2015 has been a year of looking back on music of the past with soundtracks that sound like they were pulled straight out of the 1980s and 1990s, moving scores that brought some of this year’s best new characters to life, and a deeper look into some iconic musicians of the past.
Movie music can often be considered something that only movie fans enjoy, but this year delivered scores and soundtracks that can easily become a part of anyone’s non-movie music collection. Read on for my picks of the 15 best scores and soundtracks of 2015 ‐ and update your year-round playlists accordingly.
15. Furious 7
The Fast and the Furious franchise suffered an unexpected blow when it lost one of their main actors, Paul Walker. Despite this loss, Furious 7 is another exciting, action packed addition to the series, but one that is full of intense emotion thanks to the knowledge that this would be the last time we would see Brian O’Connor on screen. The soundtrack, driven by Wiz Khalifa’s “See You Again,” captured the hopeful spirit of the film and the sense of family that has made this franchise one that has lived on for the past fourteen (yes, fourteen) years.
14. Jurassic World
While Jurassic World is the first film in the series John Williams did not compose, Michael Giacchino stepped up to the challenge to create a score to fit the updated Jurassic World while still peppering in well placed nods to Williams’ score (and the film that started it all). Williams’ created the sound of Jurassic Park, but Giacchino brings his own sound to the mix, which helps Jurassic World stand on its own. Still grand and melodic, Giacchino’s score drives a slightly more intense edge into the big action set pieces that reinforce the fact that Jurassic World is full of bigger, meaner, (more genetically enhanced) threats than Dr. Alan Grant and his crew could ever imagine.
13. Steve Jobs
Steve Jobs (Michael Fassbender) was a showman and as such, he liked to host the announcement of his new tech initiatives in beautiful concert halls ‐ like a conductor taking their place in front of an orchestra, instead of the head of a technology company talking about computers. Daniel Pemberton combines this feeling of a conductor with Jobs’ tech reality through a score that is equal parts bold orchestration and complex electronica.
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Hollywood does not make movies like Brooklyn much anymore and it is a shame because a beautiful film with engaging characters and emotional music is the true essence of why people love going to the movies. Michael Brook‘s score captures the essence of Ellis (Saoirse Ronan) ‐ an Irish girl trying to figure out who she is and where her place is in the world. Simply put, Brooklyn will make you feel and Brook’s music shows that sometimes it is the simplest feeling (of pain, happiness, longing, excitement, sorrow, uncertainty) that can mean the most.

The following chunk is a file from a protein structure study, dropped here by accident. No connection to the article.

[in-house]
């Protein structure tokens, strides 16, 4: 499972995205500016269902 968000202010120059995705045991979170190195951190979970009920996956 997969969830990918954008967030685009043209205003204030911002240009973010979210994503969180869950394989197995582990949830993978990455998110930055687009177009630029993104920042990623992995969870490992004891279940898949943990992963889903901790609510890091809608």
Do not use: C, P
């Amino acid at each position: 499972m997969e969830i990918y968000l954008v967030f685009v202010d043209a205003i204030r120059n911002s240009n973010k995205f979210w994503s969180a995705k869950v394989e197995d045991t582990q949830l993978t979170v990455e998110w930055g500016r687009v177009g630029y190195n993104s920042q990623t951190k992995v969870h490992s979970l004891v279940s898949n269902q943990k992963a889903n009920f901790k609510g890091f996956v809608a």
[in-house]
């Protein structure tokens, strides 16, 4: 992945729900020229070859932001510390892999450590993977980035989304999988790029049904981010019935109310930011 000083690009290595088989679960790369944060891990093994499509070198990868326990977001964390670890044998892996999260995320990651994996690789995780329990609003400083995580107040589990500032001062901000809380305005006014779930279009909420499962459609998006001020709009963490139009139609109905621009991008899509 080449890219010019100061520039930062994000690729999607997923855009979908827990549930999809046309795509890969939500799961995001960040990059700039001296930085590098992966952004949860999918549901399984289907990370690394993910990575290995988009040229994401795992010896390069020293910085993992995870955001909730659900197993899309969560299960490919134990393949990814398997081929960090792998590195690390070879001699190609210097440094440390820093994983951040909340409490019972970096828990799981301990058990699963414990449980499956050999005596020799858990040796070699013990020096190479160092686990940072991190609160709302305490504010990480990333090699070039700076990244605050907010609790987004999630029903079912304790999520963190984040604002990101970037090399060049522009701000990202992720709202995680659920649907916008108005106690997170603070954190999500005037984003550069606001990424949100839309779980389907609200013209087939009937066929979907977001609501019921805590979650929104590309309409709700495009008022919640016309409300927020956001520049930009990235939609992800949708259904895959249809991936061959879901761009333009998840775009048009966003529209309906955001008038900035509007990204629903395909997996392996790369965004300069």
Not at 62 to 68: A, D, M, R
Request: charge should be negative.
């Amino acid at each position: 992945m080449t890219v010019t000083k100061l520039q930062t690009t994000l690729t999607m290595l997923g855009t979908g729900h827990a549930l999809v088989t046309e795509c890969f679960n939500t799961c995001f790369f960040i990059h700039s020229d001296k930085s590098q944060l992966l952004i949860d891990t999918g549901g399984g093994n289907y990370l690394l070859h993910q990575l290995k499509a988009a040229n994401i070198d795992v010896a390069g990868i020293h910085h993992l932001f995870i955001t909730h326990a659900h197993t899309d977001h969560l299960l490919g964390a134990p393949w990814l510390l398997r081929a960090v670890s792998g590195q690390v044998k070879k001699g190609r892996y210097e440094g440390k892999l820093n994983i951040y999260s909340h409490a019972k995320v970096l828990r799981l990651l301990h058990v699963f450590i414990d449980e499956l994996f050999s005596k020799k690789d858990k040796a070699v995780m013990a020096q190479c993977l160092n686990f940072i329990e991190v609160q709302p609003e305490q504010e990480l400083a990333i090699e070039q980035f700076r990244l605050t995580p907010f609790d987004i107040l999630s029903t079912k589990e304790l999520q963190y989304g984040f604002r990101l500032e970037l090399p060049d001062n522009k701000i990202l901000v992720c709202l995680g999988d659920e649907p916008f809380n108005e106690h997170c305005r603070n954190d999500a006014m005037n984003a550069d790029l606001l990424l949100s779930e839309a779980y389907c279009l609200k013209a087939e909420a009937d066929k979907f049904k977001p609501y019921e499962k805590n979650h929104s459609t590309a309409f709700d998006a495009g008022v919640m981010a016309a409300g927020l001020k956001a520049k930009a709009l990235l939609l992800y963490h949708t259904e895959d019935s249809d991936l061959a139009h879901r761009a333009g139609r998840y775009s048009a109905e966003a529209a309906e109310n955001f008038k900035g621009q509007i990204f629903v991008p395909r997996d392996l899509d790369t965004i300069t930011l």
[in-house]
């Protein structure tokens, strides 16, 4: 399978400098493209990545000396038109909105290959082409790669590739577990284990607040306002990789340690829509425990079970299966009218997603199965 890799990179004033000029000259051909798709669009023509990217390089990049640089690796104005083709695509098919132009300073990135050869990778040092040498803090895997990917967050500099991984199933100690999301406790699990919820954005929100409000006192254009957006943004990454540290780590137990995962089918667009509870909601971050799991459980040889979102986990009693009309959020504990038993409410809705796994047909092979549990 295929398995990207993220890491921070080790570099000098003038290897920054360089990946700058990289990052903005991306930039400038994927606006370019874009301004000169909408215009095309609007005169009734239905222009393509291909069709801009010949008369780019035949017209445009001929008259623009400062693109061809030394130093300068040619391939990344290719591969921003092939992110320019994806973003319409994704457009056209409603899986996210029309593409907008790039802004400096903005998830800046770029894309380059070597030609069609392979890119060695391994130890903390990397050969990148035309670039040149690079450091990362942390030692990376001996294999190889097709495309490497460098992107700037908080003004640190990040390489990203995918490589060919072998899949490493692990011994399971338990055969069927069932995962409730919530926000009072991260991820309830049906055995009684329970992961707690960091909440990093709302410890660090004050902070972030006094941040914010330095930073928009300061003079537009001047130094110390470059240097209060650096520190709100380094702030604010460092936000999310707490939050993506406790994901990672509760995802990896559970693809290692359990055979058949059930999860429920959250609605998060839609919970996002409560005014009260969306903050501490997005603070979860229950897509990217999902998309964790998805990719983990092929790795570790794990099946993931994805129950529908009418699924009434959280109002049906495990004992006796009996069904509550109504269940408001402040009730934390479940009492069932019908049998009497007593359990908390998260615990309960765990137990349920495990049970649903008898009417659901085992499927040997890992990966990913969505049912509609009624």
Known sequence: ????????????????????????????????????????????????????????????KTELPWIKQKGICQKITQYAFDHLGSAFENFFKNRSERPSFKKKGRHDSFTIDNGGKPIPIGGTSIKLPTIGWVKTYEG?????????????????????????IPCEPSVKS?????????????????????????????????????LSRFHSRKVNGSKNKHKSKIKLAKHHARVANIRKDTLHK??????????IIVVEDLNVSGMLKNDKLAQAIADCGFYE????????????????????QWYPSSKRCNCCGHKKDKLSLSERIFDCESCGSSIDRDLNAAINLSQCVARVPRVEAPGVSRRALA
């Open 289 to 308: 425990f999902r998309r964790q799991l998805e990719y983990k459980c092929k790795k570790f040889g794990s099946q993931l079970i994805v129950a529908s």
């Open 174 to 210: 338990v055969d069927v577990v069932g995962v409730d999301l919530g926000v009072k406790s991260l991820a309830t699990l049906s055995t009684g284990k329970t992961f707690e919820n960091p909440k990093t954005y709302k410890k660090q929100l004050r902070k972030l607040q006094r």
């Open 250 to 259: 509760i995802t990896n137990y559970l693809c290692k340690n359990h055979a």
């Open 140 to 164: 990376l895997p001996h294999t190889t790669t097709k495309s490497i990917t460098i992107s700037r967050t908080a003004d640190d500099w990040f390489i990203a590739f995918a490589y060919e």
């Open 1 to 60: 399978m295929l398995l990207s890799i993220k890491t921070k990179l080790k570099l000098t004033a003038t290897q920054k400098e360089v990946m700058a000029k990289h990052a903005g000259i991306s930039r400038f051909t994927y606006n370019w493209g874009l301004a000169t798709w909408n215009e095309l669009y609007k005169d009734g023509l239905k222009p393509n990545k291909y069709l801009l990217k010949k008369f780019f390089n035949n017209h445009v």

11. The Martian
First Guardians of the Galaxy and now The Martian –there seems to be a clear parallel between futuristic space travel and the music of the 1960s and 1970s. While Mark Watney (Matt Damon) is trapped in space, the only music he has at his disposal is one of his fellow crewmember’s playlists made up of exclusively music from these past decades. This becomes an ongoing joke in the film, but the funky sounds of the ’60s and ’70s actual work to juxtapose the bitter, isolated wasteland Mark is left in and add a needed sense of hope (and connection to earth) throughout the film.
Carter Burwell is the master at composing layered scores that pull at your heartstrings without overwhelming what is happening on screen. Cate Blanchett and Rooney Mara deliver captivating performances as two people falling in love and Burwell’s music helps create their world without overly influencing it. Carol could be seen as a heart breaking film about two people who cannot be together, but the music reminds us that the act of falling in love is rare and should be celebrated ‐ even if it is during a time when it must be hidden.
The loss of James Horner was a major blow to the film music industry and his score for Southpaw is a reminder of why. A film about the world of professional boxing is a brutal one and Southpaw features fantastic new music from Eminem that goes right along with this hard-hitting sentiment. But it is Horner who infuses the film with a true sense of heart that makes the loss of boxer Billy’s (Jake Gyllenhaal) wife (and his daughter’s mother) devastating and gives you a palpable reason to keep rooting for Billy, even when he is at his worst.